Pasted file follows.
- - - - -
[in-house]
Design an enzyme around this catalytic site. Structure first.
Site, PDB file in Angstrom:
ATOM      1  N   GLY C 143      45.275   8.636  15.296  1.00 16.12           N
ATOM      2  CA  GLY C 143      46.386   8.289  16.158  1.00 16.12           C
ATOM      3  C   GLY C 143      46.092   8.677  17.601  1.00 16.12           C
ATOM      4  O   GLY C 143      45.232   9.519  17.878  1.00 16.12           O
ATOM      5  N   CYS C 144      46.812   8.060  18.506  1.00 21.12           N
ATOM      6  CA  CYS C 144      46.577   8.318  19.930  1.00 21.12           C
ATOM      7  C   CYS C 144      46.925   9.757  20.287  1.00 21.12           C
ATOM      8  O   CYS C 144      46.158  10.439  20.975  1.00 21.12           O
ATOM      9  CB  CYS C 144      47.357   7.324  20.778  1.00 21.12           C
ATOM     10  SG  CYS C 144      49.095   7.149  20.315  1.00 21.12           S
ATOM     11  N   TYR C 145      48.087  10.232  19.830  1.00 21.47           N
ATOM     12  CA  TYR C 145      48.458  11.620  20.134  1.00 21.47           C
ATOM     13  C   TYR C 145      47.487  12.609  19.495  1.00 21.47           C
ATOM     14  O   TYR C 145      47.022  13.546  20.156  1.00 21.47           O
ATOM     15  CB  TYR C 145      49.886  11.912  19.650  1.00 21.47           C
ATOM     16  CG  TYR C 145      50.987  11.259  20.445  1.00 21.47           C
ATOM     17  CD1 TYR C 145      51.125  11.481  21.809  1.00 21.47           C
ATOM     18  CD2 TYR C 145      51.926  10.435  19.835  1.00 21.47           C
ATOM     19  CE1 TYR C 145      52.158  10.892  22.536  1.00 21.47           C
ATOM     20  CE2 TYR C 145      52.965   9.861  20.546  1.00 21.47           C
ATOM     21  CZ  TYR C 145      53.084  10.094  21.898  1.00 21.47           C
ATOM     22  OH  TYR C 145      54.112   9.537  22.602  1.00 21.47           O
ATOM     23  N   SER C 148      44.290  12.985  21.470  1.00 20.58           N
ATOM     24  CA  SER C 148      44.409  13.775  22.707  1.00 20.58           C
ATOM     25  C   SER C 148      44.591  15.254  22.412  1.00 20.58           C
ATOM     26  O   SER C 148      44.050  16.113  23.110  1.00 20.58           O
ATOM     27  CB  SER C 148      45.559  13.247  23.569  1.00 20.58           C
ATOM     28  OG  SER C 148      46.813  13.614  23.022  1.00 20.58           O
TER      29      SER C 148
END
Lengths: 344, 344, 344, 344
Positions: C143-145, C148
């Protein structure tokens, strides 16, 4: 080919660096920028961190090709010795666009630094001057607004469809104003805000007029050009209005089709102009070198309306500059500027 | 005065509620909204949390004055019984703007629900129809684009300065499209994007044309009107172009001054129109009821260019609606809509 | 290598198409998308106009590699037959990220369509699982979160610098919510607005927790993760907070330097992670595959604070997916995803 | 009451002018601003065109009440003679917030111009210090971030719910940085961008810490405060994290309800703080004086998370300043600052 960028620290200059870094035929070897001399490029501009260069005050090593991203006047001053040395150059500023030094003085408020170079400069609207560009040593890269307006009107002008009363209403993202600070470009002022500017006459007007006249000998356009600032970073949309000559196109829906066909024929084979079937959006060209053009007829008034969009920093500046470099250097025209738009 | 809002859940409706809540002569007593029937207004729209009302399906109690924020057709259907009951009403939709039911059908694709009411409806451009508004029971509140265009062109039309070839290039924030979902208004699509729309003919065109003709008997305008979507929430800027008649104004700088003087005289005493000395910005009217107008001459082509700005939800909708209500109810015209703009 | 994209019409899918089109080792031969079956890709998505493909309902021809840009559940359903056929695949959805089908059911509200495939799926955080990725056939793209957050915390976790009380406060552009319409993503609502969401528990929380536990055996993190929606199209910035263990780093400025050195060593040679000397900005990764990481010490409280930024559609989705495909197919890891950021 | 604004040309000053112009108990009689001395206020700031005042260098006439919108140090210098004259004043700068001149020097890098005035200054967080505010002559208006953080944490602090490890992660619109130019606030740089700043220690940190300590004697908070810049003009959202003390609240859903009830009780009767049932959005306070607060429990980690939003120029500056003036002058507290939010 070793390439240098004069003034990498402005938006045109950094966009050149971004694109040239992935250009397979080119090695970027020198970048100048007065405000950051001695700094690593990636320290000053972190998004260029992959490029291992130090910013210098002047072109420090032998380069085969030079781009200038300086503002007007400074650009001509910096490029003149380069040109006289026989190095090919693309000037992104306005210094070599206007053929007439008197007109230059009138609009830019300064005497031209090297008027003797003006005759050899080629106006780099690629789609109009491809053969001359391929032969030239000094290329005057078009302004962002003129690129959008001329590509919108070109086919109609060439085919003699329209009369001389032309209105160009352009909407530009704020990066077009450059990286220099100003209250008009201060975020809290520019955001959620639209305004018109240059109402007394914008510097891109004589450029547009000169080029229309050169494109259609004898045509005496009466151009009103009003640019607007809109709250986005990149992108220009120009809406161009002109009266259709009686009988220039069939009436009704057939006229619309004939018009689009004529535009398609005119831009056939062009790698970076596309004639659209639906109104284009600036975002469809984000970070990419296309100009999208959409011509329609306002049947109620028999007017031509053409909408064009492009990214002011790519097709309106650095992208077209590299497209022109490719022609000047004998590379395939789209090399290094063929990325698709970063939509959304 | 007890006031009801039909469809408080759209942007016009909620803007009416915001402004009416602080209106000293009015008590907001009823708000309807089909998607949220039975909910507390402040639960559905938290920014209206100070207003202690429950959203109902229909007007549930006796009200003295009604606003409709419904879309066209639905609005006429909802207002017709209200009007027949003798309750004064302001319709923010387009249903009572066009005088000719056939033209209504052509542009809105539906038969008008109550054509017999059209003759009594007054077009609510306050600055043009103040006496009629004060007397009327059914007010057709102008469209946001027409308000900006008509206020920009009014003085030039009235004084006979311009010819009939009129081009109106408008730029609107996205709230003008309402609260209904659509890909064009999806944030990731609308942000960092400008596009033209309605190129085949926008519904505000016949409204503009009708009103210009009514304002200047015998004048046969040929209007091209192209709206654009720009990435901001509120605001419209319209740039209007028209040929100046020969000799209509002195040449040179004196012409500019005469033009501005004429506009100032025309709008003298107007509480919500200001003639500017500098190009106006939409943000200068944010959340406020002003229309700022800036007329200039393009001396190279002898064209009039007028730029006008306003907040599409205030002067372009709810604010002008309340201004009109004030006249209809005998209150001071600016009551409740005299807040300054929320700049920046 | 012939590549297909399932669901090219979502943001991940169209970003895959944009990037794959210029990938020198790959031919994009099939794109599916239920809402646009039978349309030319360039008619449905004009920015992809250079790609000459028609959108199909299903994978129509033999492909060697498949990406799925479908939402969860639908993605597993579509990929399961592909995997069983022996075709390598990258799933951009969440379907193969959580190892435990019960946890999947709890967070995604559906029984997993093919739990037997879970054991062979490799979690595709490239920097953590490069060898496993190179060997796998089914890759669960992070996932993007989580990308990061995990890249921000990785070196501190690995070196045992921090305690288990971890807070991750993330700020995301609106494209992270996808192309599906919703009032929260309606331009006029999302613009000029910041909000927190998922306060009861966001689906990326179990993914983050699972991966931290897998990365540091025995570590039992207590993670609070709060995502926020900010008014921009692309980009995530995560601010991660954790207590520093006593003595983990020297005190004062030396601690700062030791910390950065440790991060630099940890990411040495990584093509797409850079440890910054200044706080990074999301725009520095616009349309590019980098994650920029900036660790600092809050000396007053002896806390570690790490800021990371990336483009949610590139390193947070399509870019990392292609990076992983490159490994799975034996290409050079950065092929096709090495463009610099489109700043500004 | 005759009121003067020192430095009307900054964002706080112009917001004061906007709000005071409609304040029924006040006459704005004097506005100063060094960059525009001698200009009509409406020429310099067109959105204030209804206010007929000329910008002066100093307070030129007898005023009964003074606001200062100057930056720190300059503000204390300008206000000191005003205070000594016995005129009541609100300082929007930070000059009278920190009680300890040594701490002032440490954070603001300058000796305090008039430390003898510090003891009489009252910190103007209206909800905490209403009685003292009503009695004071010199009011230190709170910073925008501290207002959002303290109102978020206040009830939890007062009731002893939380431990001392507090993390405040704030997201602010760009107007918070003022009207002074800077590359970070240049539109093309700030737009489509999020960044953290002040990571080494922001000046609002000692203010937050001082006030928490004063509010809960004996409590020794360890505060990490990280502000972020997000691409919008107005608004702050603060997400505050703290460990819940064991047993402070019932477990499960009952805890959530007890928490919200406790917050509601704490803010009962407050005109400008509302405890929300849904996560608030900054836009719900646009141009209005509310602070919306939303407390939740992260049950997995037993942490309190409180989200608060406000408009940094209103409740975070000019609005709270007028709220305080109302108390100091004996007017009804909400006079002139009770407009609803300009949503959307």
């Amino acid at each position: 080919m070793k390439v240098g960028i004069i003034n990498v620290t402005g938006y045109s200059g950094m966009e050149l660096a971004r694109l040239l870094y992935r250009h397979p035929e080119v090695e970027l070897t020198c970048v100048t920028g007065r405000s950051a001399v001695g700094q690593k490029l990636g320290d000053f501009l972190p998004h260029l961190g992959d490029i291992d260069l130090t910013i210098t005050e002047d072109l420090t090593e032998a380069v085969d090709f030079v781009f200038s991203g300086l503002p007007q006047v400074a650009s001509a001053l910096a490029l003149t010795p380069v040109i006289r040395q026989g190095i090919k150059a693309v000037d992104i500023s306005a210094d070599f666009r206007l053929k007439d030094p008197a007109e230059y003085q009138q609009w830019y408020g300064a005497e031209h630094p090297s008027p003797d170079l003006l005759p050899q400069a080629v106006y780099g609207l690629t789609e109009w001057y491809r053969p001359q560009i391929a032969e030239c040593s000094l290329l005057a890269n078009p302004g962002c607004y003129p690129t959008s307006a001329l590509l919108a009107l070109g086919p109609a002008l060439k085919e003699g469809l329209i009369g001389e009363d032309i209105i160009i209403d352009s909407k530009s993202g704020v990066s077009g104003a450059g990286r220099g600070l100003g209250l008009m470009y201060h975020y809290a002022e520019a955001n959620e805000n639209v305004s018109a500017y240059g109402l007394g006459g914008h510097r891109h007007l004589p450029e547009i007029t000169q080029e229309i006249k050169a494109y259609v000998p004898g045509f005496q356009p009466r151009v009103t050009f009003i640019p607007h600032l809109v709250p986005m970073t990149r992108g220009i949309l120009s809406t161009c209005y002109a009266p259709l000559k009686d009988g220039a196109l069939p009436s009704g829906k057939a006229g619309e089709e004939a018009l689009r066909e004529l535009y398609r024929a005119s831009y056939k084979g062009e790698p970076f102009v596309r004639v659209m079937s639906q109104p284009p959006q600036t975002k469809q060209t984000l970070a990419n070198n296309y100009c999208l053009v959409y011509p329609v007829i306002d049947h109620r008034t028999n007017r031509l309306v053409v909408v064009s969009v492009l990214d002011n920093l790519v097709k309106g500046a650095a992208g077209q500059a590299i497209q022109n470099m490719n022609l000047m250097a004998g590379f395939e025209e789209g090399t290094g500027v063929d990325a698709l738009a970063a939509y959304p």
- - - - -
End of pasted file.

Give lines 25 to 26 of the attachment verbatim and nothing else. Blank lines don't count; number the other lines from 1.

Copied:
ATOM     22  OH  TYR C 145      54.112   9.537  22.602  1.00 21.47           O
ATOM     23  N   SER C 148      44.290  12.985  21.470  1.00 20.58           N